Gritty and gruesome, a review of Jamaica Inn by Daphne du Maurier.

Jamaica Inn: terrifying, thrilling, tempestuous. It’s Wuthering Heights but with characters you can actually relate to.

I’ve been away and without my computer, but I have not been idle. I have read my way through Jamaica Inn and am actually well on my way through my next book – but enough of that, there is far too much to be said about the brilliant Jamaica Inn.

It’s the second novel I’ve read by Daphne du Maurier and I think it deservedly wins the In my good books… award for most gripping book so far. From page one I was hooked on this story, it has just the right mixture of intrigue and suspense, with a refreshingly courageous narrator…Mary Yellan, undoubtedly worthy of the word ‘heroine’. Yipeee, my prayers have been answered. Yes, for me, Mary is my favourite heroine of all the book’s I’ve blogged about so far. She’s no insipid pushover, but a tough, shrewd woman who has full command of her senses.

But Jamaica Inn has many more jewels in its crown, aside from its praiseworthy heroine. I really loved the landscape of this book. Du Maurier’s depiction of the desolate moorland surrounding Jamaica Inn plays a really powerful role in the story. Like the looming presence of Rebecca de Winter in Rebecca, the landscape of Jamaica Inn acts as an almost menacing force encircling the Inn and trapping Mary like a canary in a cage…just how long can she breathe the dangerous, stale air of her Uncle’s home before she suffocates. But the moors of Cornwall are not totally bereft of hope for our heroine, I won’t spoil the story, but I will say that du Maurier scatters just enough hope for Mary that you never feel that she is helplessly damned to remain in the shadow of Jamaica Inn.

I cannot go on without mentioning some of the other fantastic characters from this book. Joss Merlyn, Mary’s menacing Uncle, makes a very believable (and, consequently, far more intimidating) sub-villain. I say ‘sub-villian’ instead of just villain because Joss Merlyn is a complicated man and a complicated character. He definitely won’t be checking-in to heaven any time soon, but du Maurier draws him well, he’s not purely evil. For one, Joss makes no effort to conceal his nasty nature and never speaks a kind word to anyone, but we do see him tortured by his deeds and seeking escape from his past. His cruelty to Mary’s Aunt, Patience, is sad to behold but he recognises Mary’s mind and willpower and respects her for them. I think Heathcliff has a new rival. I don’t want to say too much, but Joss Merlyn is by no means the only human terror that dwells in the land between Truro and Bodmin and, though she is often blind to it, Mary treads some very dangerous paths. Du Maurier’s characterisation is truly superb.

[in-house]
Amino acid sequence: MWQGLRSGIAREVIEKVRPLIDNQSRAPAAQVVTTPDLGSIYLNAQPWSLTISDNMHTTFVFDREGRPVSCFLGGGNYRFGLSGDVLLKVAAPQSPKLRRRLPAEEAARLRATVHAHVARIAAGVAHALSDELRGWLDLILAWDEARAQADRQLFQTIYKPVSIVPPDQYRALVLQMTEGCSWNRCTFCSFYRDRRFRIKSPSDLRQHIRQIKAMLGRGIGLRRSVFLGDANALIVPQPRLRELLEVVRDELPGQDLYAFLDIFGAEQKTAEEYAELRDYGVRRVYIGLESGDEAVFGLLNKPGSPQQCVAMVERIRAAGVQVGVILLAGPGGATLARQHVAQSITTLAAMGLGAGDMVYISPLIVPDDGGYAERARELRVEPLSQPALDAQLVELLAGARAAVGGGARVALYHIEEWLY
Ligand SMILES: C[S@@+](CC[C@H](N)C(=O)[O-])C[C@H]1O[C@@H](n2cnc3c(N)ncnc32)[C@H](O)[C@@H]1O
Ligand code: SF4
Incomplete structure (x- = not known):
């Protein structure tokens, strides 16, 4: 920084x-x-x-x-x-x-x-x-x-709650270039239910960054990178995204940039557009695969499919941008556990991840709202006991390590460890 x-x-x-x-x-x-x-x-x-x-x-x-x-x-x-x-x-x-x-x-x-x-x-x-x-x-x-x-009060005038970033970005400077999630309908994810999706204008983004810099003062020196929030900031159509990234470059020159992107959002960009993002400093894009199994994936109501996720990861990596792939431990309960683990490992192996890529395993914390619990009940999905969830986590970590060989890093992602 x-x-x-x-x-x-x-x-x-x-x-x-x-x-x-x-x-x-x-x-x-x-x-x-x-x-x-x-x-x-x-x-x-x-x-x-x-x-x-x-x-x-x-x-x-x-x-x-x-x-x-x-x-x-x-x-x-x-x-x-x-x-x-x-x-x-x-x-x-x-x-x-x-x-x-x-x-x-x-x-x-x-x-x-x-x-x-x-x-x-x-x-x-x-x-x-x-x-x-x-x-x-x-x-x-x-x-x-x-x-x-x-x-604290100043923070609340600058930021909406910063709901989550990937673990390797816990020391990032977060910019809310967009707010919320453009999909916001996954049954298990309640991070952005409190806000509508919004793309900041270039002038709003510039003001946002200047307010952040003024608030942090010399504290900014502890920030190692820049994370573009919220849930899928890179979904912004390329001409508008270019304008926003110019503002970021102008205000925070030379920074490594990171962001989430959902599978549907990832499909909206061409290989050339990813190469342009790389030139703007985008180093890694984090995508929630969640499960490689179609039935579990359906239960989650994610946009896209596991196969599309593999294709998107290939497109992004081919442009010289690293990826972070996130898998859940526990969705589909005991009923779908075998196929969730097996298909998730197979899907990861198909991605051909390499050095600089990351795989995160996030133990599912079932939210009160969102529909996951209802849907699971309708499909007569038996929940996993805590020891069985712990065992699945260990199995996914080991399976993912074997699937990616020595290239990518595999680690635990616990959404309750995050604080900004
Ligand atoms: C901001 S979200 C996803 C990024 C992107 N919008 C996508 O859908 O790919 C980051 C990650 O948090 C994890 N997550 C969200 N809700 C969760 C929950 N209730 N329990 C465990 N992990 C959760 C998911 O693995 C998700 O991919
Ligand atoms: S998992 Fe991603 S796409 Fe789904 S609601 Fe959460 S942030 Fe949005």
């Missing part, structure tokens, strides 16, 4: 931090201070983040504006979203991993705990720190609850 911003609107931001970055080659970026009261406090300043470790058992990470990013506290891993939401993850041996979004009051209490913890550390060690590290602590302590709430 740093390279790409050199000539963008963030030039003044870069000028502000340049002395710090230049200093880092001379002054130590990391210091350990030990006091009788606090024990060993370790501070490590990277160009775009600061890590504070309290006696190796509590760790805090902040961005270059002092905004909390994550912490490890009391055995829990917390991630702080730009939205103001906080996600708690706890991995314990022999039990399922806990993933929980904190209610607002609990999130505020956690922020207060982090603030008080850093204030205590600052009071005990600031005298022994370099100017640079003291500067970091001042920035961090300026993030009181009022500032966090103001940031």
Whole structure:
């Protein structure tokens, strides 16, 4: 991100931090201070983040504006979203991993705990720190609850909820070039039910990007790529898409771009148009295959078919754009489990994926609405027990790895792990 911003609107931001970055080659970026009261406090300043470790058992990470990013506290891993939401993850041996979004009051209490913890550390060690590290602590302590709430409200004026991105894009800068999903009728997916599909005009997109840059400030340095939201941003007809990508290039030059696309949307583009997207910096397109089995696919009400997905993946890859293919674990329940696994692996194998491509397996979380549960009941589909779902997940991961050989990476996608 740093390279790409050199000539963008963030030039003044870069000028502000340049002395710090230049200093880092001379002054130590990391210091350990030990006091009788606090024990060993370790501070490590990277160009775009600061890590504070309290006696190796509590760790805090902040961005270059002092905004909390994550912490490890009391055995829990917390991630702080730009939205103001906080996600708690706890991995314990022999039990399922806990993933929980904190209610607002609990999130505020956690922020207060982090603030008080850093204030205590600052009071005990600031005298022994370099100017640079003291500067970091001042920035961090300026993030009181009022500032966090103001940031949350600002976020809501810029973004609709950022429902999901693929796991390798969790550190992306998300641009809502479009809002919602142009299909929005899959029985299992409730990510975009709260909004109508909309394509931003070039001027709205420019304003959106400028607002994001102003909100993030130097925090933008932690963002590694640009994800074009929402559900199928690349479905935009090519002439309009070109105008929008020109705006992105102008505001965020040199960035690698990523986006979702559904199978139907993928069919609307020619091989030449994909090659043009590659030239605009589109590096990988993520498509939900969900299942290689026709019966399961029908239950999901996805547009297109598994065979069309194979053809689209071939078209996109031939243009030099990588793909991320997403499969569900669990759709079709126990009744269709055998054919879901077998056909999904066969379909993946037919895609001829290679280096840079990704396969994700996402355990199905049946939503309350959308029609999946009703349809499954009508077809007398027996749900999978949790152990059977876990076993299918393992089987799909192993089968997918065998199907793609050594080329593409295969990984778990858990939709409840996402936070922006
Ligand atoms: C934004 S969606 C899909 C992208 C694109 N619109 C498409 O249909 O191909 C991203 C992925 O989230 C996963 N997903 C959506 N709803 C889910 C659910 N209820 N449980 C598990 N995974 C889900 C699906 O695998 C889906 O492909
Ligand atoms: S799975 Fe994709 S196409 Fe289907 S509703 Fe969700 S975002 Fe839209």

I really do recommend Jamaica Inn, it’s a fantastic book. To be honest, I am at a loss to understand why it seems to have spent its life skulking in Rebecca’s shadow. In my opinion, it’s a far superior book. It has real grit and gravitas. It should definitely be up there alongside the Bronte’s novels, every bit as good as Wuthering Heights and Jane Eyre, it has kept my interest far more than any of the books I’ve read during the last six months. I just can’t believe I’d left it lying around in a pile of books beside my bed for so long.

As I mentioned at the start of this post, I’m also well along my way to finishing my next book. Having seen the recent trailers for the film…I decided not to go and see it, but to read the book instead…David Nicholls’ One Day. I’ll save my opinions for my next post, but I will say, so far…it ain’t bad.

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2 Comments

Filed under 20th century, Books, Daphne Du Maurier, Fiction, Novel

2 responses to “Gritty and gruesome, a review of Jamaica Inn by Daphne du Maurier.

  1. D Ratcliffe

    Read J I 4 times now. Amazing. I have many Daph du. Do read The Kings General. Flight of the Falcon and the House on the Strand (about mind altering drugs) Daph Should be up there with Brontes etc. Latest TV adaption 2014 is all wrong. Joss not big or scary enough.. Patience not cowed or nervous enough. There was no hotel room or sex. Patience never went to the beach. Mary never helped tow in anything from the sea.The vicar of Altarnum was an albino. Many other omissions and add ons. Daphne would roll over. A travesty. I shall not watch the final two. I had been looking forward to the programme for ages..

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  2. Alice Baird

    I have just finished reading this book and, I must say, I agree with you! I am considering recommending this book for my book club for next year. We’ve not read any book even remotely like this one, and I think the women would enjoy the change!

    Like

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